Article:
The Federation of Northern Ontario Municipalities (FONOM) is the unified voice of Northeastern Ontario, representing and advocating on behalf of 110 cities, towns and  municipalities. Our mission is to improve the economic and social quality of life for all northerners and to ensure the future of our youth.

FONOM is a membership-based association that draws its members from northeastern Ontario and the districts of Algoma, Cochrane, Manitoulin, Nipissing, Parry Sound, Sudbury and Timiskaming.

About the Northwestern Ontario Municipal Association (NOMA):

The Northwestern Ontario Municipal Association (NOMA) was organized in 1946, incorporated on September 18th 2001, and is made up of four components: the Kenora District Municipal Association, the Rainy River District Municipal Association, the Thunder Bay District Municipal League and the City of Thunder Bay. Other than the City of Thunder Bay, membership is attained by being a member of the district organization. The area we represent extends from the City of Kenora in the west to the Town of Hearst in the east.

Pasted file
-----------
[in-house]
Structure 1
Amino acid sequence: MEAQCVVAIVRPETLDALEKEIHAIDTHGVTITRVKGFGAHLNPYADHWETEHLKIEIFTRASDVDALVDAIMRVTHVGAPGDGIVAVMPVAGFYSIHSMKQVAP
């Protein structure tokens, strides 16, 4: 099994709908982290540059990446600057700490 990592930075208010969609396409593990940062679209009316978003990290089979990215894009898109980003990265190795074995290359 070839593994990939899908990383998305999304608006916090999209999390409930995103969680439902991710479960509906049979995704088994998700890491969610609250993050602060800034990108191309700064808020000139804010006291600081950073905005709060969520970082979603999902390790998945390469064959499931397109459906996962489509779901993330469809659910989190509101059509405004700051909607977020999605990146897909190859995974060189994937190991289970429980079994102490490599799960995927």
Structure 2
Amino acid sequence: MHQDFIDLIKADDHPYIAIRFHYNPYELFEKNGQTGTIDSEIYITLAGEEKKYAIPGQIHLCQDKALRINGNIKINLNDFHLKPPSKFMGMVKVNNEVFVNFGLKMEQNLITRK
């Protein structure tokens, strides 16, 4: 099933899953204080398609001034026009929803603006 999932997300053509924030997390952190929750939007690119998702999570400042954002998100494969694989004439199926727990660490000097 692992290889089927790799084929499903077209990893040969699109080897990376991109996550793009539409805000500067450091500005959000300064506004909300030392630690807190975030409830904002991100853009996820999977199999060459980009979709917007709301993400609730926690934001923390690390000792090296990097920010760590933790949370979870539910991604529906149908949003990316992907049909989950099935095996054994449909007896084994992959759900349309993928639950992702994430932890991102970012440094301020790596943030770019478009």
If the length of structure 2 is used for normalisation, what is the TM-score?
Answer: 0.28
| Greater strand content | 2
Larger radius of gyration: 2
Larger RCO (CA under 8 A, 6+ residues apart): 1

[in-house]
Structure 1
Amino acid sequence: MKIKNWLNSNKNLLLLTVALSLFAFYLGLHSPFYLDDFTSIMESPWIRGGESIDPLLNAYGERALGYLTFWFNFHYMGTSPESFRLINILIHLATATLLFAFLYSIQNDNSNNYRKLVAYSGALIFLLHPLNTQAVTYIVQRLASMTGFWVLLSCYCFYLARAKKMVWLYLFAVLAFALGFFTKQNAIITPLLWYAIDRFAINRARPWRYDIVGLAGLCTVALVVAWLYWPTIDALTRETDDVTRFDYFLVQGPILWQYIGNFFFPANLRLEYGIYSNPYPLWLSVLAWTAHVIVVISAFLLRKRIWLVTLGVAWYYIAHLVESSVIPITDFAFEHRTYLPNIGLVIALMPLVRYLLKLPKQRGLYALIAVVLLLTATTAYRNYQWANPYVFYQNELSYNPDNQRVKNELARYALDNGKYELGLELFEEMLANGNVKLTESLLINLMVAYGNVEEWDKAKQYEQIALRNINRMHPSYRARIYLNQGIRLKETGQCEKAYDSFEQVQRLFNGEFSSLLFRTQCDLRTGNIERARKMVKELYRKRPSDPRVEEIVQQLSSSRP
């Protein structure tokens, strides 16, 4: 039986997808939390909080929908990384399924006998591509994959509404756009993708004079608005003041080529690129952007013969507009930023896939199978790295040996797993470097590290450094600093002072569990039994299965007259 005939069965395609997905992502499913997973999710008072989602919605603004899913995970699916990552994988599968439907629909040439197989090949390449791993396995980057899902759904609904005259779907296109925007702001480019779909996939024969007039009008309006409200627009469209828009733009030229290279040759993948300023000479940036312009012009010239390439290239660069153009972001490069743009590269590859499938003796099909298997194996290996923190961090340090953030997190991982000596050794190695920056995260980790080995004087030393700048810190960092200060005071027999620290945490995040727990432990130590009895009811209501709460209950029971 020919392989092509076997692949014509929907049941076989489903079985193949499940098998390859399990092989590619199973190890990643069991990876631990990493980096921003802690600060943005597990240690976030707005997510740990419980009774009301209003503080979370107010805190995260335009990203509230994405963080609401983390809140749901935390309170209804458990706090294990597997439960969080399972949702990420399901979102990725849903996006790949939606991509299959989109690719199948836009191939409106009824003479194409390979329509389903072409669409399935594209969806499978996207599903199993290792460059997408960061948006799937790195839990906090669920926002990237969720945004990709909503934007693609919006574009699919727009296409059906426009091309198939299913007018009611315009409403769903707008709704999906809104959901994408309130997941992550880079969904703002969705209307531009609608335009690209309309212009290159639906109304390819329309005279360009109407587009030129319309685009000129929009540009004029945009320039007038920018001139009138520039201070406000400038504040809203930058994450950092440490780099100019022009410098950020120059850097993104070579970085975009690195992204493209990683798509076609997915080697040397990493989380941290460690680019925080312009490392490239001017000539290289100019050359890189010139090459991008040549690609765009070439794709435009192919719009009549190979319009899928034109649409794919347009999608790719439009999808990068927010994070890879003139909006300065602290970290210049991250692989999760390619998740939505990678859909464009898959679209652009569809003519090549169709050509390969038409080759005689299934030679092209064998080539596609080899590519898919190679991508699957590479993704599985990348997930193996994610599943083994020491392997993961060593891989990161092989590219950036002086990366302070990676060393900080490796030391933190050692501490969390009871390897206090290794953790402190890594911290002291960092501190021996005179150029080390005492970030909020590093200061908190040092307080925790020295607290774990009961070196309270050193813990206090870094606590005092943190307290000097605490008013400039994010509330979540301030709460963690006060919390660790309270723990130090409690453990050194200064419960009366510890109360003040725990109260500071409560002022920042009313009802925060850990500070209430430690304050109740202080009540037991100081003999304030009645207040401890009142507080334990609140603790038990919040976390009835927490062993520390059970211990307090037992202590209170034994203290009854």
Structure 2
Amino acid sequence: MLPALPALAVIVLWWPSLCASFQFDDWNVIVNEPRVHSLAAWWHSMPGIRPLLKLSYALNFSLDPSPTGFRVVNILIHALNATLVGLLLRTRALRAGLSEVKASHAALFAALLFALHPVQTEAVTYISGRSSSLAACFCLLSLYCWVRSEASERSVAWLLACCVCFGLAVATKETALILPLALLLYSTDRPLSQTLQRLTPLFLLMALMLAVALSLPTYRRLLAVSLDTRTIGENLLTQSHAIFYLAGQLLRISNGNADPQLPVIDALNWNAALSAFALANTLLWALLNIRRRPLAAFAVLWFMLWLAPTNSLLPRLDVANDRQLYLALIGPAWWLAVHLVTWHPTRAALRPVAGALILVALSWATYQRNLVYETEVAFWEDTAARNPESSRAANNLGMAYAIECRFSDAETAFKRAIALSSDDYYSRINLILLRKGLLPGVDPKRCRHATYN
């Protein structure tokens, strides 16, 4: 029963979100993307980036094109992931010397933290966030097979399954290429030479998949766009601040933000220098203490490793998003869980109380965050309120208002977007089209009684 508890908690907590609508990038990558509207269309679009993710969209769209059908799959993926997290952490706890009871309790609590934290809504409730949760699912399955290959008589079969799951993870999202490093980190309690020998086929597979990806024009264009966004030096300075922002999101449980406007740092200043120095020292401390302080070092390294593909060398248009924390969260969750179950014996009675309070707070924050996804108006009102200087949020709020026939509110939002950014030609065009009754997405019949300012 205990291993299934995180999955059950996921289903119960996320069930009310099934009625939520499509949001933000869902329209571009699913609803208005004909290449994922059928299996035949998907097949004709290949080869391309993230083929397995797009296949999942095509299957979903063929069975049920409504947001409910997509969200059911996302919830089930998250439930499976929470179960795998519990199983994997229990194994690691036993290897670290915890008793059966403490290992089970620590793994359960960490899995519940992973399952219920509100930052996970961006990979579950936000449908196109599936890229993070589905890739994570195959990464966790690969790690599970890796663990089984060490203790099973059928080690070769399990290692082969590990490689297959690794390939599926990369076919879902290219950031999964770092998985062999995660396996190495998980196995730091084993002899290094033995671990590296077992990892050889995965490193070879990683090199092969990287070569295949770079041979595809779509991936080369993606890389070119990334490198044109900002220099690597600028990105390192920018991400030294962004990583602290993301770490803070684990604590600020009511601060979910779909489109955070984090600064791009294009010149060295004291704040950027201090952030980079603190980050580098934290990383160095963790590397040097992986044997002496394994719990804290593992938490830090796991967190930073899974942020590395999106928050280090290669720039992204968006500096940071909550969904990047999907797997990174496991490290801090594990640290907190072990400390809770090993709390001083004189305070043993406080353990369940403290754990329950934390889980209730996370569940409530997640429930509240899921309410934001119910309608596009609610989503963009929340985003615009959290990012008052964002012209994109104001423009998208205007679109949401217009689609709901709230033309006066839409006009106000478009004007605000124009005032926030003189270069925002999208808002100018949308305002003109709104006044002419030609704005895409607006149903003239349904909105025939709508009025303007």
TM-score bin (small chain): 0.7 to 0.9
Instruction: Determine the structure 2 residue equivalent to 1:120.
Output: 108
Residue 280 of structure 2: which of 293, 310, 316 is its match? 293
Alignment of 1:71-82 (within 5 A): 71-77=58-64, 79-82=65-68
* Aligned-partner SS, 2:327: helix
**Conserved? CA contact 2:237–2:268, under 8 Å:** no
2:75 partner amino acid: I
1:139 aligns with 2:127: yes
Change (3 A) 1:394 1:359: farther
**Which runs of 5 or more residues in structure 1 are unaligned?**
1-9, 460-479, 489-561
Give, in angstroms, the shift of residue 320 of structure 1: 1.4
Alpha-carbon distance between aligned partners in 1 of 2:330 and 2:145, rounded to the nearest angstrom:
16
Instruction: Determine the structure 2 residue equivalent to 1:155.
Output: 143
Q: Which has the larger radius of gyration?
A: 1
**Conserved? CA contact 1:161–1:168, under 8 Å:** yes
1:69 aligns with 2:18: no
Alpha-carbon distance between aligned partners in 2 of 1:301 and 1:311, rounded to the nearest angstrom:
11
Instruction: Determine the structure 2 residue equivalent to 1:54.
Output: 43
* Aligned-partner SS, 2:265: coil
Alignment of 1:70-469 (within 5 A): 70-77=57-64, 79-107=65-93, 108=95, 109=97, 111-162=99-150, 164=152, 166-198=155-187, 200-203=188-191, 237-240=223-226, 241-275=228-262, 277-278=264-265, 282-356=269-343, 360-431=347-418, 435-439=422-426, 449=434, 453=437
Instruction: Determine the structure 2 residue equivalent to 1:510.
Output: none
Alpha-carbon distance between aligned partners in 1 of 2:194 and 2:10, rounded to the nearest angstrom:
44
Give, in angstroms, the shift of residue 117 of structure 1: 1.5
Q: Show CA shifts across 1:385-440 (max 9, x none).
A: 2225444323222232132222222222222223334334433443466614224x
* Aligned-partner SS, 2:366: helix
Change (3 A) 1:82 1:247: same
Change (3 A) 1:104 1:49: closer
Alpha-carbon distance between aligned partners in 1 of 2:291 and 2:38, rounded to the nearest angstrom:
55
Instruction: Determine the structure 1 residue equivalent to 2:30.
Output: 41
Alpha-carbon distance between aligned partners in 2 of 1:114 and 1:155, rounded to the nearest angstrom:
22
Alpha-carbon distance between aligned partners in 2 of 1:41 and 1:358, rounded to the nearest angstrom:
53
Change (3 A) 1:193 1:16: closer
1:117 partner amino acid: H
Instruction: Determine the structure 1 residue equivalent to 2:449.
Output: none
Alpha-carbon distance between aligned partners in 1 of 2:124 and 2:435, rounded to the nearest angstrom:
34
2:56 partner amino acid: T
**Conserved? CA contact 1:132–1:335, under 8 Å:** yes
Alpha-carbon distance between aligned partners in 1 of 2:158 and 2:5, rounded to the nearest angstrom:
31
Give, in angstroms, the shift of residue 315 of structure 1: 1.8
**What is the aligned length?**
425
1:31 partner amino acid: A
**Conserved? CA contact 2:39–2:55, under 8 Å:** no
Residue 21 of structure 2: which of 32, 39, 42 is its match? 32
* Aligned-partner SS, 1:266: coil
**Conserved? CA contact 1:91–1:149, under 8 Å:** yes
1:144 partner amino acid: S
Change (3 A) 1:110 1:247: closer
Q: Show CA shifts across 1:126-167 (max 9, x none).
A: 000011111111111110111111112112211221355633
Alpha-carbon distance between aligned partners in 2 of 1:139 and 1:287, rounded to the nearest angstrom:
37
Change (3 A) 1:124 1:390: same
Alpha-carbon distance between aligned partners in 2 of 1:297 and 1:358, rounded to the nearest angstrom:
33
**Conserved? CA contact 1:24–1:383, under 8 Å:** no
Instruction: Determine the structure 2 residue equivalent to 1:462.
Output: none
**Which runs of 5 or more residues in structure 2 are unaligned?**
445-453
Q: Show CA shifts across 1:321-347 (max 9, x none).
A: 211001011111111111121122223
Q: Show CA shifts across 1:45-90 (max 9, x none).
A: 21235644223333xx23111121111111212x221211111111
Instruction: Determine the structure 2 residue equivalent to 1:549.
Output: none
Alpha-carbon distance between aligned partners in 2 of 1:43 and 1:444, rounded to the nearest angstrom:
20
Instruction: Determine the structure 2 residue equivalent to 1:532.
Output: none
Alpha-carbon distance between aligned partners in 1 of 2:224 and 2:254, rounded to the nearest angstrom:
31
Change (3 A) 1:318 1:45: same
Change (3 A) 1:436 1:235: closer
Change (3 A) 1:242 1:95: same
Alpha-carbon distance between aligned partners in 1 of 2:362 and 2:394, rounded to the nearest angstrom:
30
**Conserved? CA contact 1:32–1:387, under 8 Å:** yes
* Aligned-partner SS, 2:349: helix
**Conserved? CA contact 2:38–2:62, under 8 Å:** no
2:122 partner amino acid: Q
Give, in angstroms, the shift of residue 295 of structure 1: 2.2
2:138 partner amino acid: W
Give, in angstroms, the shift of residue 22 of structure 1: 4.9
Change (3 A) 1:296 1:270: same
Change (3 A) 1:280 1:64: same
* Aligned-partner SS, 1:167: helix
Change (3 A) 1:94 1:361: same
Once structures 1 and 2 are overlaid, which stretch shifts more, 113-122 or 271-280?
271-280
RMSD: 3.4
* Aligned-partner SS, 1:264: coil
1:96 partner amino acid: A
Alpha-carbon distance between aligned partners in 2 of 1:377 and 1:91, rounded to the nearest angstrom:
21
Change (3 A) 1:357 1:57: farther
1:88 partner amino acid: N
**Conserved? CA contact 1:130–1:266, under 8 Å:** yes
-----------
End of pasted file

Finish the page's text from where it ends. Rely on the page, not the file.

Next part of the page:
The objects of the Association are to consider matters of general interest to the municipalities and to procure enactment of such legislation that may be of advantage to the municipalities in Northwestern Ontario and to take united action on all matters where the rights of the municipalities may be affected to advance the standards of municipal government through education and discussion and generally to promote their interests.

About the Northern Ontario Service Deliverers Association (NOSDA):

The Northern Ontario Service Deliverers Association or NOSDA was formed to develop a co-operative and collaborative approach with municipalities and municipal organizations, to facilitate the consolidated municipal delivery of services in Northern Ontario. NOSDA is intended to create a political forum for reviewing and developing both policies and program delivery issues from a Northern perspective.

About the Northern Analyst Collective:

The Northern Analyst Collective is a membership group of organizations, municipalities, charities, chambers, and more. By merging our collective resources, we can ensure that the smallest municipality or local charity can access high-end skills. The expert’s salary and benefits are covered in part by NPI/IPN and our sponsors, and in part through the membership fees paid by participating organizations. The end result is members are able to secure the skills they need when needed.